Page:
18 Jun Patients With Mental Illness More Likely To Be Victims of Homicide
MedicalResearch: What are the main findings of the study?
Professor Appleby: “Patients with mental illness are two and a half times more likely to be victims of homicide than people in the general population according to our research published in The Lancet Psychiatry today.
“In this study, the National Confidential Inquiry into Suicide and Homicide by People with Mental Illness (NCI), based at The University of Manchester, examined data on the victims and perpetrators of all homicides in England and Wales between January, 2003 and December, 2005.
We found that during the 3-year study period, 1496 people were victims of homicide, and 6% (90) of them had been under the care of mental health services in the year before their death. A third (29) of these patient victims were killed by other patients with mental illness.
In 23 homicides in which the victim was a mental health patient killed by another mental health patient, the victim and the perpetrator were known to each other either as partners (9, 35%), family members (4, 15%), or acquaintances (10, 38%). In 21 of these 23 cases, both the victims and perpetrators were undergoing treatment at the same National Health Service Trust.
Alcohol and drug misuse (victims 66%, perpetrators 93%) and a history of violence (victims 24%, perpetrators 24%) were common among both patient victims and perpetrators. The study also found that in the 3 years to 2005, 213 mental health patients were convicted of homicide—accounting for 12% of all homicide convictions.”
MedicalResearch: Were any of the findings unexpected?
Professor Appleby: “Historically, society has been more concerned about the risk of patients committing violence than the vulnerability of patients to violent acts. However, our findings show that specialist mental health providers in England and Wales can expect one of their patients to be the victim of homicide roughly every 2 years.”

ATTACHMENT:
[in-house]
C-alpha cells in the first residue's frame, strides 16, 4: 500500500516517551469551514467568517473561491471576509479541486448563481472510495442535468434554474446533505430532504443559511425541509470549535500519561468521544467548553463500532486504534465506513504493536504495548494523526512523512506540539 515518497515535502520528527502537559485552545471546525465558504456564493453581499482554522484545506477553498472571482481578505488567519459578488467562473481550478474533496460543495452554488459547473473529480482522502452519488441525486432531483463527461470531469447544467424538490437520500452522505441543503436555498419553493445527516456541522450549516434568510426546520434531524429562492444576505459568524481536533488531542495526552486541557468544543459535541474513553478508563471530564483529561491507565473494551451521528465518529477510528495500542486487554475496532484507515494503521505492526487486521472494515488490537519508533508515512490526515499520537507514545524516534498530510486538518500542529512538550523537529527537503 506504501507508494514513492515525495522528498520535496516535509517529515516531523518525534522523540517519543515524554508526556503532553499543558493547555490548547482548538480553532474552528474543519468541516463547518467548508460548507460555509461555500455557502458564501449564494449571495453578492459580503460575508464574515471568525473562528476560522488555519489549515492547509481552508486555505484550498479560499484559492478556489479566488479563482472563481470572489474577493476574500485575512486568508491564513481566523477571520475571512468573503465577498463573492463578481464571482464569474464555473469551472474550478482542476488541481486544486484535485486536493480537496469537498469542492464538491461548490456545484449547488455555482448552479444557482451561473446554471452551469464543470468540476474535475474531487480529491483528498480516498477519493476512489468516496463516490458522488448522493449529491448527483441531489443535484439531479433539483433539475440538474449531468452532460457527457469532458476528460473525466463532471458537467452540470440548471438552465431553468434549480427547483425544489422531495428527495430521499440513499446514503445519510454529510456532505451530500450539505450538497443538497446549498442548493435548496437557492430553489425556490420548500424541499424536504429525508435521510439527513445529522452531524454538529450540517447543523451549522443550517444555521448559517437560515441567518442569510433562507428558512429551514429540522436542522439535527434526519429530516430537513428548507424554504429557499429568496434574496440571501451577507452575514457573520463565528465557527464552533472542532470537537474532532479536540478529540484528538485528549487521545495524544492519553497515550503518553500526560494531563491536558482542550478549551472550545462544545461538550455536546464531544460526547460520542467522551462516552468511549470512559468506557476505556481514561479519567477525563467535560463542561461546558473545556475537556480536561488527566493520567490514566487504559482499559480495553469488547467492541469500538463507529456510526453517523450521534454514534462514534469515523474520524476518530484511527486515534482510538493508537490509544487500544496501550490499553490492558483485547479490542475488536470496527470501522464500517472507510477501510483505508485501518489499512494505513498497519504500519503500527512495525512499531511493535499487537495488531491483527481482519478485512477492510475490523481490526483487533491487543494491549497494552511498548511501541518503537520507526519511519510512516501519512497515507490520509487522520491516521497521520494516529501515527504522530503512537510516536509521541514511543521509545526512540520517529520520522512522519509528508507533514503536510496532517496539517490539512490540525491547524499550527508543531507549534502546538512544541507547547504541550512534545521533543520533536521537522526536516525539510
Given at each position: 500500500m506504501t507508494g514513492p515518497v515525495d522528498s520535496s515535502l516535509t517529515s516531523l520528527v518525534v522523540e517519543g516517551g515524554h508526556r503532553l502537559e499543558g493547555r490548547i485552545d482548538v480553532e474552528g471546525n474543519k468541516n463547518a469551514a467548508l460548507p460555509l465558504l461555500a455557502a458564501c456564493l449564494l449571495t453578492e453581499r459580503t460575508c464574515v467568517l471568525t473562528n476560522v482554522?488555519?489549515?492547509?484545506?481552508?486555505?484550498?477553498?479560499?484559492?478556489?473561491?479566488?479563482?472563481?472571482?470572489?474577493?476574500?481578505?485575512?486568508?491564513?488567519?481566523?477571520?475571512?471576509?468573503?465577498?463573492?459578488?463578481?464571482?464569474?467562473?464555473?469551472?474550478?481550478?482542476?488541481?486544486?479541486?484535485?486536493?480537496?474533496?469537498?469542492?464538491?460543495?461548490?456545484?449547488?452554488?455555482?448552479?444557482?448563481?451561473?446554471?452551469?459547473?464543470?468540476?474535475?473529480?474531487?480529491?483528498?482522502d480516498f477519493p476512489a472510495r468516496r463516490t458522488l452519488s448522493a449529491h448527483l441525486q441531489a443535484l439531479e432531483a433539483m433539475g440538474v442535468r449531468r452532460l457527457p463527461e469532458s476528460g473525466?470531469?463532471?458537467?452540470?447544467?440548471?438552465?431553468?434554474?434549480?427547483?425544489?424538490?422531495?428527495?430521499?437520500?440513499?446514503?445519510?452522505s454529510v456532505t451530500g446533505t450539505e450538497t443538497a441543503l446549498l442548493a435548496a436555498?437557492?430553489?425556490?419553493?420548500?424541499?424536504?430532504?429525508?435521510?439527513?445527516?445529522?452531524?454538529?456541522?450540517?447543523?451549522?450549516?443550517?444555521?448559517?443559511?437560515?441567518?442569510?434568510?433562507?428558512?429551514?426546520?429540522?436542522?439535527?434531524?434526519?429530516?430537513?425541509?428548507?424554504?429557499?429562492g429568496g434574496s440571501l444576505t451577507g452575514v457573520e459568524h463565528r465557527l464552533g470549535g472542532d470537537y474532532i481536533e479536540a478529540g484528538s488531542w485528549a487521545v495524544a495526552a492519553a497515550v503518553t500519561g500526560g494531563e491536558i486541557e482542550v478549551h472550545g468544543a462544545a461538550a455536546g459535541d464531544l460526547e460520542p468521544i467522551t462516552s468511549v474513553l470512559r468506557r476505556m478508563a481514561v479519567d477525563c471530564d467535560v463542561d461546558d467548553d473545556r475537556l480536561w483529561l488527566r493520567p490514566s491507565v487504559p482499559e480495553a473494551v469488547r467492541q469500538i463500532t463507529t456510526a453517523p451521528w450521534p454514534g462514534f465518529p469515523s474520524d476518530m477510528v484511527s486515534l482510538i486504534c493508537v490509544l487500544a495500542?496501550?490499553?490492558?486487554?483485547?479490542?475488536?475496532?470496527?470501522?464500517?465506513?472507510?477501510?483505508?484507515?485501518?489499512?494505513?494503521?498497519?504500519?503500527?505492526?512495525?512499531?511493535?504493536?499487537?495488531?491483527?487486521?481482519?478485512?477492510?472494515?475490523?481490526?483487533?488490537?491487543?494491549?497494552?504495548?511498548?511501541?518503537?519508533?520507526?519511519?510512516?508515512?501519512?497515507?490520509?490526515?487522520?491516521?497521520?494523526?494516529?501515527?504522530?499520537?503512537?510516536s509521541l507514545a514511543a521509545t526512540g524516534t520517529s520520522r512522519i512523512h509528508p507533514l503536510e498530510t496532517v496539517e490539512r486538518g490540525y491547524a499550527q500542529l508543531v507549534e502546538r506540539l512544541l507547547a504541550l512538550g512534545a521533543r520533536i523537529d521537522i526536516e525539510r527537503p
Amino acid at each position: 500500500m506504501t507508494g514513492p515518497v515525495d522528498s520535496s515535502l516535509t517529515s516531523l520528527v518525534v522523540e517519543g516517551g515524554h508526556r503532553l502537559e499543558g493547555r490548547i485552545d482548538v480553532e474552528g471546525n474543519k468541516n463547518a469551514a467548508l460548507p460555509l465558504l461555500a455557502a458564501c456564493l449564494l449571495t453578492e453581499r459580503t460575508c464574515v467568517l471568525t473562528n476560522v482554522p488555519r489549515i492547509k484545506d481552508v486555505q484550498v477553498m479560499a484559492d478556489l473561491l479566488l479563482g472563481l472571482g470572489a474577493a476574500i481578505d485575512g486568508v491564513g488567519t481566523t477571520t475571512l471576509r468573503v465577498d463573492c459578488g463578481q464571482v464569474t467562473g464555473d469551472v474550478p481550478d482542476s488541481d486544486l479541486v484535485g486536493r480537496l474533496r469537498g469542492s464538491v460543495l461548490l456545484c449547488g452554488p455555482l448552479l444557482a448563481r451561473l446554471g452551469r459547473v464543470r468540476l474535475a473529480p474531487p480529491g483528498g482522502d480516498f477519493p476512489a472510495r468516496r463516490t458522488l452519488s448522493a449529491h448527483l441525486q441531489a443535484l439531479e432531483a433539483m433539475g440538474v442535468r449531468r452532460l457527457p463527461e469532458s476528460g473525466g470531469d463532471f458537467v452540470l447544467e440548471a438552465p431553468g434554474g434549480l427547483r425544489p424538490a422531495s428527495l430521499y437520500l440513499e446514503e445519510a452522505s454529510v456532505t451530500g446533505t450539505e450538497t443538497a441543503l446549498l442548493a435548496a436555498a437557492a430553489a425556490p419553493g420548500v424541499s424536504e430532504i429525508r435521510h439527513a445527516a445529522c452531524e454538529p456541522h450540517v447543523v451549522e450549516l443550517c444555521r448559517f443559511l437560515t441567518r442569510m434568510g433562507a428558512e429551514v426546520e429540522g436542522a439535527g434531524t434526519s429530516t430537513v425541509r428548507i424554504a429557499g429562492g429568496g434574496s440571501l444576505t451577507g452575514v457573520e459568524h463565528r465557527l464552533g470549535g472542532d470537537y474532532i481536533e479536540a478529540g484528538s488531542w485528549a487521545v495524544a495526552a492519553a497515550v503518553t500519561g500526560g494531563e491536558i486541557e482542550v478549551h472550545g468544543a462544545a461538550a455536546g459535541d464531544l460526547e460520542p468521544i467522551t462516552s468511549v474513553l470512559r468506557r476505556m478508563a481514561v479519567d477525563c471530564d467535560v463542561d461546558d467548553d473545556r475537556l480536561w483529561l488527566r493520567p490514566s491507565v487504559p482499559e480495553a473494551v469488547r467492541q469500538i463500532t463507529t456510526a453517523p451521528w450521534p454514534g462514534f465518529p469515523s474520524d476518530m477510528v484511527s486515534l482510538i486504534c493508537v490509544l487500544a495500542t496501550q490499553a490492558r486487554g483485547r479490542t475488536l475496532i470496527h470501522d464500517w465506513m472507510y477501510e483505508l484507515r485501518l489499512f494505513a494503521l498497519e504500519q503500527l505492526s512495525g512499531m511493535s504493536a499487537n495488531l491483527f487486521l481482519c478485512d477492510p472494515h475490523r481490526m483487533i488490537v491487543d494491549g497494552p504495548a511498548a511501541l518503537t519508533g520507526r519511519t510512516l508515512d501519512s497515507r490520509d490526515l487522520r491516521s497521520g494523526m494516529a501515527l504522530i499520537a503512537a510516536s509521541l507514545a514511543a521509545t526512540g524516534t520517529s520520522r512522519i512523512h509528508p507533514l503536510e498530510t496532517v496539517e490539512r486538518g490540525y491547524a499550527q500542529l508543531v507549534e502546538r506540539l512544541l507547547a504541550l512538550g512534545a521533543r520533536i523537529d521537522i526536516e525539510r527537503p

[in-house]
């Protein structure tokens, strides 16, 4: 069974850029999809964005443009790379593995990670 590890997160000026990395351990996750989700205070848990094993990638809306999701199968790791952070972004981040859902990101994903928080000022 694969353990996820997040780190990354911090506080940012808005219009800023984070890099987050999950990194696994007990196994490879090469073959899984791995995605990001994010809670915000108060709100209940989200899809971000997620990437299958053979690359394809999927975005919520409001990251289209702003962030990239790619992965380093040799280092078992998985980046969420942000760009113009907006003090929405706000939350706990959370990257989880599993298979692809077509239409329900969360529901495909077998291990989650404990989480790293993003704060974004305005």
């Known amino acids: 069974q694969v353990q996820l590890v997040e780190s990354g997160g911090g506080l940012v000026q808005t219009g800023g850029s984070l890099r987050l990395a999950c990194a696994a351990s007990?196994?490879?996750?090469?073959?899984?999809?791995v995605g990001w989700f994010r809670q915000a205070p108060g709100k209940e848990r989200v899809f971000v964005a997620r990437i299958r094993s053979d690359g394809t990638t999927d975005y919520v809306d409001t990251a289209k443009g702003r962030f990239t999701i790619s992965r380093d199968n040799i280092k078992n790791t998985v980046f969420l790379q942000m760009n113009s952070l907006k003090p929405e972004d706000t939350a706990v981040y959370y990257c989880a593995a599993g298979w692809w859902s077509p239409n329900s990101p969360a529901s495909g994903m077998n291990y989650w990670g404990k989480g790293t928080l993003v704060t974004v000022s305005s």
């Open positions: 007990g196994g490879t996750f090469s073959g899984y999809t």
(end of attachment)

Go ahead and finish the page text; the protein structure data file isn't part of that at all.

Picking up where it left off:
MedicalResearch: What should clinicians and patients take away from your report?
Professor Appleby: “Assessing patients for risk of suicide and violence is common practice, but screening for risk of becoming victims of violence is not. Understanding that a patient’s risk can depend on the environment they are in—for example their use of alcohol or drugs, or their contact with patients with a history of violence—and properly assessing these risk factors should become a key part of clinical care plans.”
MedicalResearch: What recommendations do you have for future research as a result of this study?
Professor Appleby: “The National Confidential Inquiry into Suicide and Homicide by People with Mental Illness will continue to look at trends and figures for suicide and homicide and hope our findings can be used to inform and improve current medical practice.”
Cathryn Rodway, Sandra Flynn, David While, Mohammed S Rahman, Navneet Kapur, Louis Appleby, Jenny Shaw. Patients with mental illness as victims of homicide: a national consecutive case series. Lancet Psychiatry, June 2014 DOI: 10.1016/S2215-0366(14)70221-4